Pinholing Caused By Acid Stains
After acid staining my countertops, the finished surface is full of pinholes. Why does this happen and how do I fix it?
Acid stains rely on the acid component to generate the color reaction. In the process, they etch the surface and dissolve some of the cement paste. The degree of etching and dissolution depends on the strength of the acid stain and the duration of exposure.
Precast concrete countertops tend to be more susceptible to acid-stain pinholing than cast-in place countertops because the concrete near the surface of precast concrete has more air bubbles in it than a hard-troweled finish. Troweling reworks and smears the cement paste, or cream, eliminating the trapped bubbles that would otherwise be exposed after acid staining.
With cement-cast finishes (a precast technique), the hardened cream layer is the finished surface. Often little or no honing is performed on this cream layer to prevent exposing the air bubbles that lurk just below the surface. However, this makes the cast finish more susceptible to acid-stain pinholing because of the thinness of the cream layer and the unfilled air bubbles that lie below. Honed or ground concrete, on the other hand, removes the cream layer and exposes the air bubbles. The open bubble holes are then filled with a cement slurry. The resulting surface has less exposed cement paste and a lower probability of pinholes becoming exposed due to etching.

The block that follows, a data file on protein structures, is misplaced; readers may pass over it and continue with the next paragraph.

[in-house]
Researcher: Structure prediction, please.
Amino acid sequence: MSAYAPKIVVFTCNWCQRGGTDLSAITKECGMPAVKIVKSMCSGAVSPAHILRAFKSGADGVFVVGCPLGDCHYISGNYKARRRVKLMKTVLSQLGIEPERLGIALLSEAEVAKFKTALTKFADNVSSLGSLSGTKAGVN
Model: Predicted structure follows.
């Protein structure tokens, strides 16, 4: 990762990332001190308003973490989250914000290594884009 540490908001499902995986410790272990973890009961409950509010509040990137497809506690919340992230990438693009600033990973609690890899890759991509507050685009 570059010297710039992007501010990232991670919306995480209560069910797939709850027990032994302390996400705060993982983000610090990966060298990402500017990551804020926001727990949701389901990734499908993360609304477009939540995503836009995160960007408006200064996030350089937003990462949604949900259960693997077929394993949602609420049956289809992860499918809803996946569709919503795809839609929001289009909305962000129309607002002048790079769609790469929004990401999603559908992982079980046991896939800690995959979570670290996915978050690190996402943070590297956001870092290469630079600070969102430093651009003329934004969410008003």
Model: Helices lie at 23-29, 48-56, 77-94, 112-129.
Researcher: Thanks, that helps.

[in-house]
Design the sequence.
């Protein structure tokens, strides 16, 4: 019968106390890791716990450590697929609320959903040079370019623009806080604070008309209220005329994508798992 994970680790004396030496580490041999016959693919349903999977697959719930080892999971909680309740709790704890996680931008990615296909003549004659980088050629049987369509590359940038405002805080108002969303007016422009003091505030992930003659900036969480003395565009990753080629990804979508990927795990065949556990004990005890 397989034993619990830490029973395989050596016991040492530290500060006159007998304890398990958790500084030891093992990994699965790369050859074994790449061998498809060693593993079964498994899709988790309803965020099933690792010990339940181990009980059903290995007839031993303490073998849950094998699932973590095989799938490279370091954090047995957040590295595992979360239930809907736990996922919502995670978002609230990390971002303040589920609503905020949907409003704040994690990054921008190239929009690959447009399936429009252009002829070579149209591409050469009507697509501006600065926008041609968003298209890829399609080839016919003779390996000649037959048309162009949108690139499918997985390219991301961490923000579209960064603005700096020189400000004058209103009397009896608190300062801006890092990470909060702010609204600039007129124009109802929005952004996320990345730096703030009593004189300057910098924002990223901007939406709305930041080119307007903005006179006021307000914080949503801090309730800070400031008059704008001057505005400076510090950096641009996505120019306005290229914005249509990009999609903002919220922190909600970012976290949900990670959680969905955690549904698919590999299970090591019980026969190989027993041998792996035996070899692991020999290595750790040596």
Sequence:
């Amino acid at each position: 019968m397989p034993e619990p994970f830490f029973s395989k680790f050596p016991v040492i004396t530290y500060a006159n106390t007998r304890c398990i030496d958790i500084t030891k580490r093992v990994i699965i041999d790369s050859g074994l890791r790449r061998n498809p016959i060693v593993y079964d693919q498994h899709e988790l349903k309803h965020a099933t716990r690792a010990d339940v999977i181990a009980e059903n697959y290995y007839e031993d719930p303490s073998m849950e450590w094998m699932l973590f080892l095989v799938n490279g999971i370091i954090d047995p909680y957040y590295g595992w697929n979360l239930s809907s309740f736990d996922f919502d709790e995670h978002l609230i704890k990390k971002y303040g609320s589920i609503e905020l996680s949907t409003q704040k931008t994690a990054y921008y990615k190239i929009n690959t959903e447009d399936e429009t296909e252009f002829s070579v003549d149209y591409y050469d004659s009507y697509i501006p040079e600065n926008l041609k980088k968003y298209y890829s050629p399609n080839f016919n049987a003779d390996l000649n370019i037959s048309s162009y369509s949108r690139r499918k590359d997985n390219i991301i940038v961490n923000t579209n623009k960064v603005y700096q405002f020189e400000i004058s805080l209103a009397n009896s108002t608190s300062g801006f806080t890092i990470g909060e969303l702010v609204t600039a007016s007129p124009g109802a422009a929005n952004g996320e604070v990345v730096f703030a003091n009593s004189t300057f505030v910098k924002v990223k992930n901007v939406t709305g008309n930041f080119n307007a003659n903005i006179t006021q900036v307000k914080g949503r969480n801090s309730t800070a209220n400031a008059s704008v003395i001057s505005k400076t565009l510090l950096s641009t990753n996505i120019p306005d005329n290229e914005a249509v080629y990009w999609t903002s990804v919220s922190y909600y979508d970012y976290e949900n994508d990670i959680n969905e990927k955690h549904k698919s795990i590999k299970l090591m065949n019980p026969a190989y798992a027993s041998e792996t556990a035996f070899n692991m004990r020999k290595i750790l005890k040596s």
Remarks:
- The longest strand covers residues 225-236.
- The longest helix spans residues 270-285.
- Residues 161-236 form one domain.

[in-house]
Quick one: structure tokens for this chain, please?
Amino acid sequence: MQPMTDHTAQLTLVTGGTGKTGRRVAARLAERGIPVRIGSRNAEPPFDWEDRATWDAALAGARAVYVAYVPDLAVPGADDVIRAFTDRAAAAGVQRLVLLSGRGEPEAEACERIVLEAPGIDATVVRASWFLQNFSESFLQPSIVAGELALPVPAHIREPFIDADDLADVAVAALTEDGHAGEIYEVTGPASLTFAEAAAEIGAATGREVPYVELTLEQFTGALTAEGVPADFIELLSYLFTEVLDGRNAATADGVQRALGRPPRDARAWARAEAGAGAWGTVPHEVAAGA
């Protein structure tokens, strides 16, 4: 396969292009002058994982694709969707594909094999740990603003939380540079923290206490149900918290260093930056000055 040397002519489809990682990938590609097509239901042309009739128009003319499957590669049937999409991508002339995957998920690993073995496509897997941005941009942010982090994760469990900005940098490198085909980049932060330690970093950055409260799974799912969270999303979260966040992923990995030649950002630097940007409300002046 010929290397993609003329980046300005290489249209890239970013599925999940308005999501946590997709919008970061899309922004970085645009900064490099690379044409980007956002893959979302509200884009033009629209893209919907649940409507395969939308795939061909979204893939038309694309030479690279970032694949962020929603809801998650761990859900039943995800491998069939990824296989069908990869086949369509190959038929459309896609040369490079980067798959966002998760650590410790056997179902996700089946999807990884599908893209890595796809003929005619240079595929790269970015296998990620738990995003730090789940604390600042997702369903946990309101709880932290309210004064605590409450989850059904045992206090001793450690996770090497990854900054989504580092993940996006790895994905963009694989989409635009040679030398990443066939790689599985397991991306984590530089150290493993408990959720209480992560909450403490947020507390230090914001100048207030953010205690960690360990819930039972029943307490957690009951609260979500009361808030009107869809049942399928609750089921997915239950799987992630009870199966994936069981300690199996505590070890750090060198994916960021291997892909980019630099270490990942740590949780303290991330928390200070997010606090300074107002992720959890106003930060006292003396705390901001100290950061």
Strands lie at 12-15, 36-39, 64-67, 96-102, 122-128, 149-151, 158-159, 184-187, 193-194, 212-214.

Since you’ve already acid stained the concrete, you won’t be able to fill in the pinholes with slurry without altering the appearance. A common technique for dealing with the problem is to apply a coat of sealer to the concrete and then to fill in the holes with a tinted epoxy. This first coat of sealer prevents the epoxy from streaking or discoloring the concrete, since epoxy tends to darken the concrete more than most sealers do.
To fill the holes, use an epoxy formulated to set quickly (within about 5 to 10 minutes). To tint the epoxy, mix in dry concrete pigments or use colors made for tinting epoxy. Sand off any excess epoxy after it has hardened. Take care when sanding so that the acid staining isn’t removed. Acid stain color is literally skin deep, and sanding will remove it.
This technique works best for concrete that will be sealed with a coating, such as an acrylic, epoxy or urethane. But it can also be used successfully with polished concrete, densified concrete and concrete treated with a water repellant. Practice is important when applying epoxy to these finishes to prevent spotting.